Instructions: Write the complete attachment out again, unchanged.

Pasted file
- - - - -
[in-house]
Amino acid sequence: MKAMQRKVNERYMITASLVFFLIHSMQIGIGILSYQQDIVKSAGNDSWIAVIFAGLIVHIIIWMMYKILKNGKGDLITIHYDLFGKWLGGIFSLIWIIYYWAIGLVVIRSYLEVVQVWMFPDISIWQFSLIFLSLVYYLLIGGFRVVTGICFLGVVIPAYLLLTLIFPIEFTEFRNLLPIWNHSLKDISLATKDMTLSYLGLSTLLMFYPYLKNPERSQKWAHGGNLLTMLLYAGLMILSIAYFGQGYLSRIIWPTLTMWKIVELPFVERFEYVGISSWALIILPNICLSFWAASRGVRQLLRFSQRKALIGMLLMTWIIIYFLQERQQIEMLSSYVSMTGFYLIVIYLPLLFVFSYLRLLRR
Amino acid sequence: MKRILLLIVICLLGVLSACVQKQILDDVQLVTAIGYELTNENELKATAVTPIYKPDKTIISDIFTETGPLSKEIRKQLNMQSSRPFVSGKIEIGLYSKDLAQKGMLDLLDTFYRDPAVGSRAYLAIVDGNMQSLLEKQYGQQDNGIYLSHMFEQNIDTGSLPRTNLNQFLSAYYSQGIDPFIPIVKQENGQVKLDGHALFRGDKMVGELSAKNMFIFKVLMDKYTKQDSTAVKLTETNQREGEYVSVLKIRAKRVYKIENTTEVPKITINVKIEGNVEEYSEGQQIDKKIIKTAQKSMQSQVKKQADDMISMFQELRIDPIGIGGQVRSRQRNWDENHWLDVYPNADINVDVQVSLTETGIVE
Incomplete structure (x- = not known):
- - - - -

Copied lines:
[in-house]
Amino acid sequence: MKAMQRKVNERYMITASLVFFLIHSMQIGIGILSYQQDIVKSAGNDSWIAVIFAGLIVHIIIWMMYKILKNGKGDLITIHYDLFGKWLGGIFSLIWIIYYWAIGLVVIRSYLEVVQVWMFPDISIWQFSLIFLSLVYYLLIGGFRVVTGICFLGVVIPAYLLLTLIFPIEFTEFRNLLPIWNHSLKDISLATKDMTLSYLGLSTLLMFYPYLKNPERSQKWAHGGNLLTMLLYAGLMILSIAYFGQGYLSRIIWPTLTMWKIVELPFVERFEYVGISSWALIILPNICLSFWAASRGVRQLLRFSQRKALIGMLLMTWIIIYFLQERQQIEMLSSYVSMTGFYLIVIYLPLLFVFSYLRLLRR
Amino acid sequence: MKRILLLIVICLLGVLSACVQKQILDDVQLVTAIGYELTNENELKATAVTPIYKPDKTIISDIFTETGPLSKEIRKQLNMQSSRPFVSGKIEIGLYSKDLAQKGMLDLLDTFYRDPAVGSRAYLAIVDGNMQSLLEKQYGQQDNGIYLSHMFEQNIDTGSLPRTNLNQFLSAYYSQGIDPFIPIVKQENGQVKLDGHALFRGDKMVGELSAKNMFIFKVLMDKYTKQDSTAVKLTETNQREGEYVSVLKIRAKRVYKIENTTEVPKITINVKIEGNVEEYSEGQQIDKKIIKTAQKSMQSQVKKQADDMISMFQELRIDPIGIGGQVRSRQRNWDENHWLDVYPNADINVDVQVSLTETGIVE
Incomplete structure (x- = not known):